Frák, hvar fleina sævar
fúrherðir styr gerði
endr í eyja sundi.
Eirekr und sik geira.
Hrauð fúrgjafall fjórar
folkmeiðr Dana skeiðar
— vér frôgum þat — vága.
Veðrmildr ok semr hildi.
Frák, hvar fleina sævar fúrherðir gerði endr styr í sundi eyja. Eirekr und sik geira … Folkmeiðr, vága fúrgjafall, hrauð fjórar skeiðar Dana; vér frôgum þat. Veðrmildr ok semr hildi …
I have heard where the hardener of the fire of the sea of barbs [(lit. ‘fire-hardener of the sea of barbs’) BLOOD > SWORD > WARRIOR = Eiríkr] again made war in the sound of islands. Eiríkr under himself of spears … The battle-tree [WARRIOR], bountiful with the fire of bays [(lit. ‘fire-bountiful of bays’) GOLD], cleared four warships of the Danes; we [I] have heard that. Storm-generous and contrives warfare …
 sundi eyja ‘the sound of islands’: Probably a bay or sound with a profusion of islands. This would fit the Gulf of Riga; cf. Ohlmarks (1958, 510), who suggests that Ösel, Dagö and Wormsö (Estonian Saaremaa, Hiiumaa and Vormsi), off the Estonian mainland, are the islands referred to. That localisation is compatible with the geographical information in Hkr (see Context). However, the detailed accuracy of Hkr at this point is disputed, and Fsk (ÍF 29, 165), although it does not cite the stanza, places the capture of the Danish warships more plausibly in the Eyrarsund (Øresund). Fidjestøl (1982, 113, and cf. CPB II, 52, 570) suggests an error for Eyrarsundi in the stanza and favours the Fsk account, but ultimately there is no means of knowing whether Fsk is correct or is substituting a familiar location for an unfamiliar one. Finnur Jónsson (Hkr 1893-1901, IV; similarly ÍF 26) understands sundi eyja as ‘sound between two islands’.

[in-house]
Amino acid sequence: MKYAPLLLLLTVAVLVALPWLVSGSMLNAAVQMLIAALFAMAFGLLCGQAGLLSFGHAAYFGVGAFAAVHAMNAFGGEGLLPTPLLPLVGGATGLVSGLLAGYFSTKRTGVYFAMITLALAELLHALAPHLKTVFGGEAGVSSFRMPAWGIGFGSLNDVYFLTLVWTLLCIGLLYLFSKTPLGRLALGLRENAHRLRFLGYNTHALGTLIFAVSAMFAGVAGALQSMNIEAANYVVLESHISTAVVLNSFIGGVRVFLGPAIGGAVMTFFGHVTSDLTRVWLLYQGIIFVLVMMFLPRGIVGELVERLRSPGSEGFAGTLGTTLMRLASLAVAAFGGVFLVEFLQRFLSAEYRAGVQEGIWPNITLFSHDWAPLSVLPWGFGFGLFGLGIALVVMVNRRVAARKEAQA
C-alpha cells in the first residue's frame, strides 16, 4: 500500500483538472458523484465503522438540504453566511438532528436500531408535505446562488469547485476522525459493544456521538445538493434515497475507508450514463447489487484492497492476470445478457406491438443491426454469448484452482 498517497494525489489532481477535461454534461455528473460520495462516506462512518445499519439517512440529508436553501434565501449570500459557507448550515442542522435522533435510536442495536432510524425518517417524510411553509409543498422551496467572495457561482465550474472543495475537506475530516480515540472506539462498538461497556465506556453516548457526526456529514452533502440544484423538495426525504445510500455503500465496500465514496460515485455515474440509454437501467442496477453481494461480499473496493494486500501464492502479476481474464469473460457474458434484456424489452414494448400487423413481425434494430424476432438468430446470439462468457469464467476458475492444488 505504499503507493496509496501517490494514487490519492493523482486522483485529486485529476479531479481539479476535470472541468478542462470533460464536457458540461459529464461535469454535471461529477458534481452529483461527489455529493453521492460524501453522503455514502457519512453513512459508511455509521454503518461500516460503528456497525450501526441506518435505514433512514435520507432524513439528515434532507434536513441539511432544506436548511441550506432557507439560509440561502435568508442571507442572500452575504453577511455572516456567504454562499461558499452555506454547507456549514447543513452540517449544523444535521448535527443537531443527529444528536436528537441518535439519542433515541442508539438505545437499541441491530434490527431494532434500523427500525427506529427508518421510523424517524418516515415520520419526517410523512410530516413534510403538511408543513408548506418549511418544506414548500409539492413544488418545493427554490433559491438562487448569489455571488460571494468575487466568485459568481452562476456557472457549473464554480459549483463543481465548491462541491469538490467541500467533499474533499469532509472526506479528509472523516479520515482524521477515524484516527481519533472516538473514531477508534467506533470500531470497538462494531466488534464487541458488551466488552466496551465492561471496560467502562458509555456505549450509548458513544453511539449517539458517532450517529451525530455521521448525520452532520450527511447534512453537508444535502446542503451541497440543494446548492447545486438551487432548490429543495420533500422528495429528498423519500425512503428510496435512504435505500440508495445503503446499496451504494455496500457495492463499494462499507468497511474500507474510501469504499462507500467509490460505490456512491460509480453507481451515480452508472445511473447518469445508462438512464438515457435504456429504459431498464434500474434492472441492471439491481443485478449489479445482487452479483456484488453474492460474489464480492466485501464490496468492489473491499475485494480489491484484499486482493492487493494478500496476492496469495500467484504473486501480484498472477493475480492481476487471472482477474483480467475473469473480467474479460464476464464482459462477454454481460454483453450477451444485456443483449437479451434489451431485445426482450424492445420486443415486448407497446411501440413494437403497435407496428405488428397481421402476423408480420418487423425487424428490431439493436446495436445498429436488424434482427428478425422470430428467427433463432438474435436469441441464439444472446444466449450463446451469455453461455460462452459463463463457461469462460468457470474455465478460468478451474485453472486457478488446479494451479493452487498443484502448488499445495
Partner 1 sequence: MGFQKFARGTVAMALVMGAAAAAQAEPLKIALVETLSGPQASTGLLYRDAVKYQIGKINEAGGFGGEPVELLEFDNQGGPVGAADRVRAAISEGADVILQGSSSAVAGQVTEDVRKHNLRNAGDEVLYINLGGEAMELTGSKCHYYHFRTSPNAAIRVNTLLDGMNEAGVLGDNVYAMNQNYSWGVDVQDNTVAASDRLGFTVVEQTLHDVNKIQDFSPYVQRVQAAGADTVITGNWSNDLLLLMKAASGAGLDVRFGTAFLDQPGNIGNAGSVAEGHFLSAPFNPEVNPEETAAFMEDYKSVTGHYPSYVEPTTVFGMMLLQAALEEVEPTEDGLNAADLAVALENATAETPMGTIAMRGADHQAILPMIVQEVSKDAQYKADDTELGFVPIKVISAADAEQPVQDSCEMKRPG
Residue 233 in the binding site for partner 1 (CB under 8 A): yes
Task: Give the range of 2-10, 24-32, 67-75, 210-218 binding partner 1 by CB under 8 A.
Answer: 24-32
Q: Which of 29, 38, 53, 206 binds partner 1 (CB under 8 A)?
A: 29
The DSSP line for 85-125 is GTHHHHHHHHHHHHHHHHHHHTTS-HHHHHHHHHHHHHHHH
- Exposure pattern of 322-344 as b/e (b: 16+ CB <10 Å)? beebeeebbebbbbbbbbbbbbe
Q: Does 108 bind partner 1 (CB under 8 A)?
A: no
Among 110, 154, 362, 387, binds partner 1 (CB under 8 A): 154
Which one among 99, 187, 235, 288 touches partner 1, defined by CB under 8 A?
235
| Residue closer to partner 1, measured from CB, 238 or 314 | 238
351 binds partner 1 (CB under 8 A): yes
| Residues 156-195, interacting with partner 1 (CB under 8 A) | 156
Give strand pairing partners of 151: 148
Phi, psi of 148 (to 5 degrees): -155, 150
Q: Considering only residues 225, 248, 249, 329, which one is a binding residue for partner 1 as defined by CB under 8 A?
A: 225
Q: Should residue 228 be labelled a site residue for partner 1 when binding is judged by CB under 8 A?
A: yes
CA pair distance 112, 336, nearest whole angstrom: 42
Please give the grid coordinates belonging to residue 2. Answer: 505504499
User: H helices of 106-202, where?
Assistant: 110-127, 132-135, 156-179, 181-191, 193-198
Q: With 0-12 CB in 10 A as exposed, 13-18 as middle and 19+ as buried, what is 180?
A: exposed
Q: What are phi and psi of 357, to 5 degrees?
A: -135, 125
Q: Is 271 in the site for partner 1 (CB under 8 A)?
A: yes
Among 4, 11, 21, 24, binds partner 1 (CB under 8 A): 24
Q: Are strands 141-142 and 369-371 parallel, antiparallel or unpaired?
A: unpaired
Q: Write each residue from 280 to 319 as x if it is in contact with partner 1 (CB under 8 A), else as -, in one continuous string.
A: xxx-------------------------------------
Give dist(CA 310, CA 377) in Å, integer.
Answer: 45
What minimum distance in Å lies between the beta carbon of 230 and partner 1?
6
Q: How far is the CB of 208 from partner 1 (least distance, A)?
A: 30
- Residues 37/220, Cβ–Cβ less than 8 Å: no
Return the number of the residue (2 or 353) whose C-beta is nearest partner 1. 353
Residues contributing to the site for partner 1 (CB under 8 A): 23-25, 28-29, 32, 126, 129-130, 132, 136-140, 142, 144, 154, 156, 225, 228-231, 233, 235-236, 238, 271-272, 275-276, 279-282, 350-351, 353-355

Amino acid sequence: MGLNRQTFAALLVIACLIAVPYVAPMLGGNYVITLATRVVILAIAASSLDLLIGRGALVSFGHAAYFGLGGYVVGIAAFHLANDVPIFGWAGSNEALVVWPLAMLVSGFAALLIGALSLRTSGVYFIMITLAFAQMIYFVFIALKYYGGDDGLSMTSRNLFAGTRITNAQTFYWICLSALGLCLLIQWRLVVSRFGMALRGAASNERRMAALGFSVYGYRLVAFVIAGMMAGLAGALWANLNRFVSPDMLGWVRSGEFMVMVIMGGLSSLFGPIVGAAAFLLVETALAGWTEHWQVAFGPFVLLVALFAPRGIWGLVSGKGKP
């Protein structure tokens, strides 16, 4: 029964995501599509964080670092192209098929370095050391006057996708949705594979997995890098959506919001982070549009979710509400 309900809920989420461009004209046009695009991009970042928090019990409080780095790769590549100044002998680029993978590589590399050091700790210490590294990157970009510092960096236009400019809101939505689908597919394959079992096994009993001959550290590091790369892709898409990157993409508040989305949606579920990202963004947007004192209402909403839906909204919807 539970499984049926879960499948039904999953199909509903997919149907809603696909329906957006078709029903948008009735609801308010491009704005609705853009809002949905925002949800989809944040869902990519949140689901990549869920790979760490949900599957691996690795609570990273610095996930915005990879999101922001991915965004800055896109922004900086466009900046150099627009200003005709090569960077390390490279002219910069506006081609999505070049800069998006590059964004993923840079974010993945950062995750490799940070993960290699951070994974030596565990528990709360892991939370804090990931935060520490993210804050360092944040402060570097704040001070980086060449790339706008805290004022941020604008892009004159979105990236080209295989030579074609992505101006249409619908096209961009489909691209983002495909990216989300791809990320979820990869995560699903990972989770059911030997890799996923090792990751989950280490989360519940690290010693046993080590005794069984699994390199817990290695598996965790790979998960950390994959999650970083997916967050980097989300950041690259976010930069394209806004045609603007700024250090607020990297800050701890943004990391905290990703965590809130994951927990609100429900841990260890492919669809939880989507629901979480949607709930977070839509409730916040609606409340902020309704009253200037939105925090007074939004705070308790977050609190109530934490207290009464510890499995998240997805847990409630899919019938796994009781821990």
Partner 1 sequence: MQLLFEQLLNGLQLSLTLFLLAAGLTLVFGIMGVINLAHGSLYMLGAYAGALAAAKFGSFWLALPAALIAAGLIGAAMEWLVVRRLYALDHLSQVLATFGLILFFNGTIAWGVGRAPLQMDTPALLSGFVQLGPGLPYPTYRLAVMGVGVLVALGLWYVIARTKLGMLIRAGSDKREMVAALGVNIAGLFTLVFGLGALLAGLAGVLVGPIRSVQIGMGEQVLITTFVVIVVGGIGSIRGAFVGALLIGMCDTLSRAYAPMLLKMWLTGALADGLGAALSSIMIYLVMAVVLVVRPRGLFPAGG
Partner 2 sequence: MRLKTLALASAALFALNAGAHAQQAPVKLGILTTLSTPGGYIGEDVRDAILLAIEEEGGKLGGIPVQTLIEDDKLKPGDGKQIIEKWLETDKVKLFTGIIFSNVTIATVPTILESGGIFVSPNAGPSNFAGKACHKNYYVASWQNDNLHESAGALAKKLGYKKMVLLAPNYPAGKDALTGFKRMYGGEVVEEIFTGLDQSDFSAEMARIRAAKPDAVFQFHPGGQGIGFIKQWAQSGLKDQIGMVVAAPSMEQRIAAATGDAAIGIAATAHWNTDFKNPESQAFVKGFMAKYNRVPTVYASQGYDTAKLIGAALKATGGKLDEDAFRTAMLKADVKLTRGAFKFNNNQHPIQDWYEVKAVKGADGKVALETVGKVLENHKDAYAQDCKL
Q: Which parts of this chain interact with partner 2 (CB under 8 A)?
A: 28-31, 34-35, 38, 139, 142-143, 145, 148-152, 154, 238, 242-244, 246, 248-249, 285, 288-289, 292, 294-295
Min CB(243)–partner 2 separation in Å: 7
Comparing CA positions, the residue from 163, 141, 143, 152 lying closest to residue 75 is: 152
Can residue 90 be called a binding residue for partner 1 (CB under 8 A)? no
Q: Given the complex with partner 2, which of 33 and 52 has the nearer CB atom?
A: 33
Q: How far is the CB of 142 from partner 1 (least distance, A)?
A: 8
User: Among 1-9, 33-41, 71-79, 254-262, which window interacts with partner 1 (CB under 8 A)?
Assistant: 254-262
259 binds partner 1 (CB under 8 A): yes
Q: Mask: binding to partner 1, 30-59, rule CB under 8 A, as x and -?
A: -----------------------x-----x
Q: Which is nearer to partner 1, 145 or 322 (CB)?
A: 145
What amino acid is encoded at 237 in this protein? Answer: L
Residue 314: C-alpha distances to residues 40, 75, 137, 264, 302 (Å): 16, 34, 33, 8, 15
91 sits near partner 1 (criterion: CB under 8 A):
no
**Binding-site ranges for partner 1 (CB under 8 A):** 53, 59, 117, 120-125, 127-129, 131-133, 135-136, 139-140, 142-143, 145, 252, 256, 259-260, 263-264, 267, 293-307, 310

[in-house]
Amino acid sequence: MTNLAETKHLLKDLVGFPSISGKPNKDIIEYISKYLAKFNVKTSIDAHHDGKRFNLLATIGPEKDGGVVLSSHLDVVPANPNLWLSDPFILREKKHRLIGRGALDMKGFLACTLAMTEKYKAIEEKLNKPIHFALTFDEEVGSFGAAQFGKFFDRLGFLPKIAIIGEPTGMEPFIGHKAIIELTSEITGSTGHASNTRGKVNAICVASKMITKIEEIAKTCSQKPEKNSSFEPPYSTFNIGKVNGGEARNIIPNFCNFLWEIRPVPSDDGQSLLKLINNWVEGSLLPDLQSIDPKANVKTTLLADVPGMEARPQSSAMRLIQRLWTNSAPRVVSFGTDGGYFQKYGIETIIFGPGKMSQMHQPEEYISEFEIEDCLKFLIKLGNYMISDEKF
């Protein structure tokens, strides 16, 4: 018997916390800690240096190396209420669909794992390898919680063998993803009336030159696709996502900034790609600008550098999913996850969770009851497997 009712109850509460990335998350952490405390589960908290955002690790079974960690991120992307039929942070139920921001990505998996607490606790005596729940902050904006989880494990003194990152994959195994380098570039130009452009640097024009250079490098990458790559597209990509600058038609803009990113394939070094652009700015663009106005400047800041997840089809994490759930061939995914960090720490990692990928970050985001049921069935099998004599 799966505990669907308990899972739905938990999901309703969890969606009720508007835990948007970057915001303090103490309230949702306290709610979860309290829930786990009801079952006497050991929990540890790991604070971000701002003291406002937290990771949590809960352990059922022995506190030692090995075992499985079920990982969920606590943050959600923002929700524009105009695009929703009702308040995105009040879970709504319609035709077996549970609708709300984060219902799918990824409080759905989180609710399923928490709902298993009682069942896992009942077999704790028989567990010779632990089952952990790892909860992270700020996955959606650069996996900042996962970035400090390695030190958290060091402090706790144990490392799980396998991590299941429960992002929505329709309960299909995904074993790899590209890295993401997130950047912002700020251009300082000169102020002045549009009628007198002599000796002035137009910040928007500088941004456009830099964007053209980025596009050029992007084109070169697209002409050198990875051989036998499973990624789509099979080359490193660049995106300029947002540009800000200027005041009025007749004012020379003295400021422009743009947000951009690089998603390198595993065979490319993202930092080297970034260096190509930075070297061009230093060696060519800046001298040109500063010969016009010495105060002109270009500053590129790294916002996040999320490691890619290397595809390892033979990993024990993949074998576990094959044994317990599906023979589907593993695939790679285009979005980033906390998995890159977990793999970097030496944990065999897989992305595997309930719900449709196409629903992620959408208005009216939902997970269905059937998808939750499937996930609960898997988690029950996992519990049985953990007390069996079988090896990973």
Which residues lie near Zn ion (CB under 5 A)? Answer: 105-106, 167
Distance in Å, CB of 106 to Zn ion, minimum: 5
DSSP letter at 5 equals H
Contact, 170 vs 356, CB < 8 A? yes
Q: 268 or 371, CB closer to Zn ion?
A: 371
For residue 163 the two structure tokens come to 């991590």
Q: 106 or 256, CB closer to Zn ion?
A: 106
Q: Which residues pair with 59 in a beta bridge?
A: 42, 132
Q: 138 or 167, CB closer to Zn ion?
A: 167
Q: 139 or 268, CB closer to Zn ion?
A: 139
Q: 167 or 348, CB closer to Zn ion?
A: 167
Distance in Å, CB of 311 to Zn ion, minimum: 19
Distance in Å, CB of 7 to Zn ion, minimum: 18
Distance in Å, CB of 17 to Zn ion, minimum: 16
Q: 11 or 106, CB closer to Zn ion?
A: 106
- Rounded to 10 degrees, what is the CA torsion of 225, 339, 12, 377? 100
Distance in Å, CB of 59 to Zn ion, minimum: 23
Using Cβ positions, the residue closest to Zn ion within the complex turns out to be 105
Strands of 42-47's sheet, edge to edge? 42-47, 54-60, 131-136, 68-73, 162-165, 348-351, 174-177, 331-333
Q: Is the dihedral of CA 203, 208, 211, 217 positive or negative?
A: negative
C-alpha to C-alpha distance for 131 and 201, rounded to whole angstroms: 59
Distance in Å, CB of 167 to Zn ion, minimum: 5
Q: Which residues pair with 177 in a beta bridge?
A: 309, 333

This view shows information about an instance of a word in a text.